Effects of the degree of saturation of dietary fat on the hepatic production of lipoproteins in the African green monkey.J Lipid Res. 1985 Apr; 26(4):403-17.JL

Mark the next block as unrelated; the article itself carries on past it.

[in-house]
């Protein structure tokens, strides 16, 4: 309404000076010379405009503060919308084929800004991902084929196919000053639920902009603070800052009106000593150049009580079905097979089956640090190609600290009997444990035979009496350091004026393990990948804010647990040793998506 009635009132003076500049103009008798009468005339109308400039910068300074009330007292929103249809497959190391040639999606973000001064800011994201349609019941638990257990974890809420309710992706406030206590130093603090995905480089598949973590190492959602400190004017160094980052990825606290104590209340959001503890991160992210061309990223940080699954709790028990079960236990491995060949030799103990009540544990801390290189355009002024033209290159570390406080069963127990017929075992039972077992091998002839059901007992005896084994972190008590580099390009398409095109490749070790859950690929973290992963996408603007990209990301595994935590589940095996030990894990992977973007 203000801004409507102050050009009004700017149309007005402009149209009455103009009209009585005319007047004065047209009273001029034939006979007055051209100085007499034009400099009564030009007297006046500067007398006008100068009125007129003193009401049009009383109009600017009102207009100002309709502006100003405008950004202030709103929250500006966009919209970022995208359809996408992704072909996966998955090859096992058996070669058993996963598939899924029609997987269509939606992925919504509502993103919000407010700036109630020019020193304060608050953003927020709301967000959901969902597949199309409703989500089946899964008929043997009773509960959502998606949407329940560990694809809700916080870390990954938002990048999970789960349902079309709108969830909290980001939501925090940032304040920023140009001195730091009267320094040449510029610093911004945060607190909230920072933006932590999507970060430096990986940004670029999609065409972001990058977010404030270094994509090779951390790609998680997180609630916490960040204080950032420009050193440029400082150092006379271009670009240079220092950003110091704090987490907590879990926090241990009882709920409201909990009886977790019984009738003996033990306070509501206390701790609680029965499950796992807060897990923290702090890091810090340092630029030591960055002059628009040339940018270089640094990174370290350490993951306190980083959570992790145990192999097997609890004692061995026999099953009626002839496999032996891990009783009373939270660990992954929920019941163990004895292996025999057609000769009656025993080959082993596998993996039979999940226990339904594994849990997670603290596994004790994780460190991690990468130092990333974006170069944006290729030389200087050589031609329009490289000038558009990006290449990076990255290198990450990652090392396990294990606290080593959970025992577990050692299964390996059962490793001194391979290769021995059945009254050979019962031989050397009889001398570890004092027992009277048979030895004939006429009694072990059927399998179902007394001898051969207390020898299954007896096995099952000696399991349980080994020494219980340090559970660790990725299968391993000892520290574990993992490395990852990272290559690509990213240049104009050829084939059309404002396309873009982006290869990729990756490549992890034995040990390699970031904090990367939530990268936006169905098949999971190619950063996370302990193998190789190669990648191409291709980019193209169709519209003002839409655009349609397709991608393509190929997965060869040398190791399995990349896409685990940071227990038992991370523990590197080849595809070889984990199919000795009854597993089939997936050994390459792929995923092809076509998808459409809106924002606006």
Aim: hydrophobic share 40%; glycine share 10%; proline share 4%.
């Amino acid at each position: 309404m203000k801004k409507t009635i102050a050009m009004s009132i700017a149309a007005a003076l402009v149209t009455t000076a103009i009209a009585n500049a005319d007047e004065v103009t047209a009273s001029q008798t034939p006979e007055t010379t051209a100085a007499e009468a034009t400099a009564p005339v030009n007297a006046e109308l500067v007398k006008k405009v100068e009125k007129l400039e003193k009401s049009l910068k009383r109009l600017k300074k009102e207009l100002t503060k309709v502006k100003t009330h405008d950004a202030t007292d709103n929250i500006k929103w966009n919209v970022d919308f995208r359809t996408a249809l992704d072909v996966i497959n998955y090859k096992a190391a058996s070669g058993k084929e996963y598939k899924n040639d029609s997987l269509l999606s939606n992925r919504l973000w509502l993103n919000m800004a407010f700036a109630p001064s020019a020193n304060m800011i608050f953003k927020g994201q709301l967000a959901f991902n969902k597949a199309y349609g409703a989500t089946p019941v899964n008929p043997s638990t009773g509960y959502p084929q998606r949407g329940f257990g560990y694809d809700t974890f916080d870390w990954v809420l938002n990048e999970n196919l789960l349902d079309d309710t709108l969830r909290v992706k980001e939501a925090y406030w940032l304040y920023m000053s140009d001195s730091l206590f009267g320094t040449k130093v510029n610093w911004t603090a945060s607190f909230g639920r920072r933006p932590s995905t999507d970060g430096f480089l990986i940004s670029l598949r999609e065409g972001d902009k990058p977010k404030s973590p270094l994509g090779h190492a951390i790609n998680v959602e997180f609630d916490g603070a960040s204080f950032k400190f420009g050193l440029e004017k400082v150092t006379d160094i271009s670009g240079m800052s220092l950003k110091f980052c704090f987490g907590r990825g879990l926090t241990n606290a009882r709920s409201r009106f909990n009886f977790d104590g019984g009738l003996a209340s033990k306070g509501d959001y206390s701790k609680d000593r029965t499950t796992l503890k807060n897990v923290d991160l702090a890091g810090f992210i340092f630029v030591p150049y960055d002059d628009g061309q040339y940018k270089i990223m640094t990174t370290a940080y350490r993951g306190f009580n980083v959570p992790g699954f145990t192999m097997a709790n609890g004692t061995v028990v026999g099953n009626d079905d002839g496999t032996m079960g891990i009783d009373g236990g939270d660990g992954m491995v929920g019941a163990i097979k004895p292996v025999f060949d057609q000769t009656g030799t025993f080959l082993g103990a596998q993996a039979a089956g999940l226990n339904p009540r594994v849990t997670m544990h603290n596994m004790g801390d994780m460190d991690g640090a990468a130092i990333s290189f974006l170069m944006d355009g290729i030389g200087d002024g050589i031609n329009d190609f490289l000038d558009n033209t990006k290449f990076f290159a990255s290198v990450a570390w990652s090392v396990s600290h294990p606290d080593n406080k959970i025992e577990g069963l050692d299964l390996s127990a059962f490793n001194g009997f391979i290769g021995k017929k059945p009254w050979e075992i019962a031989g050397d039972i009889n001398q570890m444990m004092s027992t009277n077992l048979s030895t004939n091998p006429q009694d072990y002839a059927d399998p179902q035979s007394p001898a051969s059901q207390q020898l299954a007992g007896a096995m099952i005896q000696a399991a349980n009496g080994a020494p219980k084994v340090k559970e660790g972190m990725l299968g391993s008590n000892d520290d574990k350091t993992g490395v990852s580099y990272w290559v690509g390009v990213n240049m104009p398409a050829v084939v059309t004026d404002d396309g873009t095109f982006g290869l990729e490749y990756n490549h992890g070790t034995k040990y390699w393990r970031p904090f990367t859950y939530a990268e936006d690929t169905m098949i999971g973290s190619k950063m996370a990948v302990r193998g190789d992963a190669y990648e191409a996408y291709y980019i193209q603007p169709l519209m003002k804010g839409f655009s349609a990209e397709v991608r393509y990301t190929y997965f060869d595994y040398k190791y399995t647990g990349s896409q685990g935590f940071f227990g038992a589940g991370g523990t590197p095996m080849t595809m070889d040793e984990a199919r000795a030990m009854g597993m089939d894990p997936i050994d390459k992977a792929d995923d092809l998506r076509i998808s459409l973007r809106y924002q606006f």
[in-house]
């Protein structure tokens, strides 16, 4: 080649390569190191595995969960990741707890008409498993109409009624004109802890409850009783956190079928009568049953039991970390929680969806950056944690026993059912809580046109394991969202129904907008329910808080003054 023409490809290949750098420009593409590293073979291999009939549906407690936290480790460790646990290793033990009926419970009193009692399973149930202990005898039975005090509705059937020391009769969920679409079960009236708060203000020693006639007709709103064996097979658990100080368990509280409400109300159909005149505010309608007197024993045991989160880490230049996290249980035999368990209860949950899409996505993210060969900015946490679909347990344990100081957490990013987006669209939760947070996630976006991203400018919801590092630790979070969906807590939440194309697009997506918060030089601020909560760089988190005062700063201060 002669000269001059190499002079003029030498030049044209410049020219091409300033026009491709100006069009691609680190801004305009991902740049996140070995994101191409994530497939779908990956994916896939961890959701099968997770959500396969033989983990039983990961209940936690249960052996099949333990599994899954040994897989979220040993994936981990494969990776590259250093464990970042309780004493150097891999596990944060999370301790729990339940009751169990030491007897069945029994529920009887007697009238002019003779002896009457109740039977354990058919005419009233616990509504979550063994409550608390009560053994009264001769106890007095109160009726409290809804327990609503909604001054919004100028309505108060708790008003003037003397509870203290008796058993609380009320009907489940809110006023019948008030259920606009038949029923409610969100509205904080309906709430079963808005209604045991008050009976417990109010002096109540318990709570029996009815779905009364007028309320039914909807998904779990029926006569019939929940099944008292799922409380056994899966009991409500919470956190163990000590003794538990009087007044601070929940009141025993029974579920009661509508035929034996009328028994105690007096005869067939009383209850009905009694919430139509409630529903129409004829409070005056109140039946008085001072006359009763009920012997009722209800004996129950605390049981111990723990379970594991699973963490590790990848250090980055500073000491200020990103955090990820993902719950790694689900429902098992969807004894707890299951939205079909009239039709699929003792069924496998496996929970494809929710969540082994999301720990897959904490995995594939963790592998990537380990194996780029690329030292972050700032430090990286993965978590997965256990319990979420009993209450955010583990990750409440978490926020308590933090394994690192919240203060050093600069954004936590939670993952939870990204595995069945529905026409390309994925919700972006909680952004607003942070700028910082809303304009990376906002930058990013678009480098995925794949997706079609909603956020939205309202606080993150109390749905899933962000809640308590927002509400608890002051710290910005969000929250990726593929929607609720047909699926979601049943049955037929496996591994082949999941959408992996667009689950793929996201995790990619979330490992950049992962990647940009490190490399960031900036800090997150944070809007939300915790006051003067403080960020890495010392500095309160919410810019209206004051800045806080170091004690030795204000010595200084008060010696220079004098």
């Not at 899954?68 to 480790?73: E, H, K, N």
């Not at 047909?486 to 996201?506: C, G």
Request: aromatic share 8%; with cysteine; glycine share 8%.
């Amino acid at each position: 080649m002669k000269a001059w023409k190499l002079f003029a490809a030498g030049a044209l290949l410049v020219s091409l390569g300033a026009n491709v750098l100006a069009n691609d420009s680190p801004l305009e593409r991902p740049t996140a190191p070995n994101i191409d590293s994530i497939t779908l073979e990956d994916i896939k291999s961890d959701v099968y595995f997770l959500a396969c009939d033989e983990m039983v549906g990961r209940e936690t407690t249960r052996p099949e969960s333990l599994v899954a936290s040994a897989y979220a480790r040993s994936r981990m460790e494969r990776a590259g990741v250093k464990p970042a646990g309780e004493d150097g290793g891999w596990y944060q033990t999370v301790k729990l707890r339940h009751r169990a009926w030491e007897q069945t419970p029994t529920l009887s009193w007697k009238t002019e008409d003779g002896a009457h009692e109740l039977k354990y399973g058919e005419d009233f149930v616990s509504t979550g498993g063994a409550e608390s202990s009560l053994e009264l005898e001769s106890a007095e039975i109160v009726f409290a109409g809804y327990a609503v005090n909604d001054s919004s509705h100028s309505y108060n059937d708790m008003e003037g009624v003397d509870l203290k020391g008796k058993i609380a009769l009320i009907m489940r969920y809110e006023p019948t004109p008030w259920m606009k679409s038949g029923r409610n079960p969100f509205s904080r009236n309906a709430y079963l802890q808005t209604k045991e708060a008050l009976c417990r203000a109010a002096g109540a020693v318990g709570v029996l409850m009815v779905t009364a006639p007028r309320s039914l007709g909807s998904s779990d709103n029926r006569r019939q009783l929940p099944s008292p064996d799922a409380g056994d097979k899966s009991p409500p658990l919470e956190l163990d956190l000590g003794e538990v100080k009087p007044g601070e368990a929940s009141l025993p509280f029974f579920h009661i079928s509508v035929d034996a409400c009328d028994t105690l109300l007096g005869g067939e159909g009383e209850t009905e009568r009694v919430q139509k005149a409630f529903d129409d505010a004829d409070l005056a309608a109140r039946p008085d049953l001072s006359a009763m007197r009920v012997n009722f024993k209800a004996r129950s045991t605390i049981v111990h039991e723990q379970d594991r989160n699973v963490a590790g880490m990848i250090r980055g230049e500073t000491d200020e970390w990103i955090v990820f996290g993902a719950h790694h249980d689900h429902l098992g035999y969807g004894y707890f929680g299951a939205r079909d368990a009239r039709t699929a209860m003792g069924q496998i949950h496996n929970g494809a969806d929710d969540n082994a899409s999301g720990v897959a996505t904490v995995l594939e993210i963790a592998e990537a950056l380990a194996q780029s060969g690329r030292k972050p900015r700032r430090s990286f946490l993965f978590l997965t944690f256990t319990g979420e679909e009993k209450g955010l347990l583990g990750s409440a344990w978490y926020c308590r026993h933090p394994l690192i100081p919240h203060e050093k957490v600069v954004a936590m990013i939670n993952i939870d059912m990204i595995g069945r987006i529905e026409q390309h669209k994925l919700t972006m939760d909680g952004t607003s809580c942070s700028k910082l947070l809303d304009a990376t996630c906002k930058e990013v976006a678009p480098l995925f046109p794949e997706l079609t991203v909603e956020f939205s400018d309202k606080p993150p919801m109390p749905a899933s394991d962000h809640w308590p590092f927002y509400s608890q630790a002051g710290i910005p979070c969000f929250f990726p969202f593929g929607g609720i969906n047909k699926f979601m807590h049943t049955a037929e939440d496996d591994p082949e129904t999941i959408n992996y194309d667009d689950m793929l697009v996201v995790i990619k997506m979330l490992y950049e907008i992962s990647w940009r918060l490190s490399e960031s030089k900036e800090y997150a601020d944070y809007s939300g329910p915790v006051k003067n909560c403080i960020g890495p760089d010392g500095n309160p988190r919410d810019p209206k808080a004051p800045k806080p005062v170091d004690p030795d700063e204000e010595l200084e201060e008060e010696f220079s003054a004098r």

The cholesteryl ester content of plasma low density lipoproteins (LDL) in monkeys has previously been shown to be related to the rate of hepatic cholesterol secretion and cholesteryl ester content of newly secreted lipoproteins in the isolated perfused liver. In the present studies, African green monkeys were fed diets containing cholesterol and 40% of calories as either butter or safflower oil in order to determine the effects of saturated versus polyunsaturated dietary fat on hepatic lipoprotein secretion. The rate of cholesterol accumulation in liver perfusates was correlated with the size of the donor's plasma LDL, but for any rate, a smaller plasma LDL was found in donor animals of the safflower oil group than in those of the butter group. Hepatic very low density lipoproteins (VLDL) were smaller in the safflower oil group but contained more cholesteryl ester and fewer triglyceride molecules per particle than those from the butter group. Livers from the safflower oil group contained more cholesteryl ester and less triglyceride than those from the butter group. The cholesteryl ester percentage composition of hepatic VLDL resembled that of the liver in each group. The data show that dietary polyunsaturated fat decreased plasma LDL size even though it increased the cholesteryl ester content of lipoproteins secreted by the liver. Therefore, intravascular formation of plasma LDL from hepatic precursor lipoproteins appears to include the removal of relatively greater amounts of cholesteryl esters from the precursor lipoproteins in polyunsaturated fat-fed animals.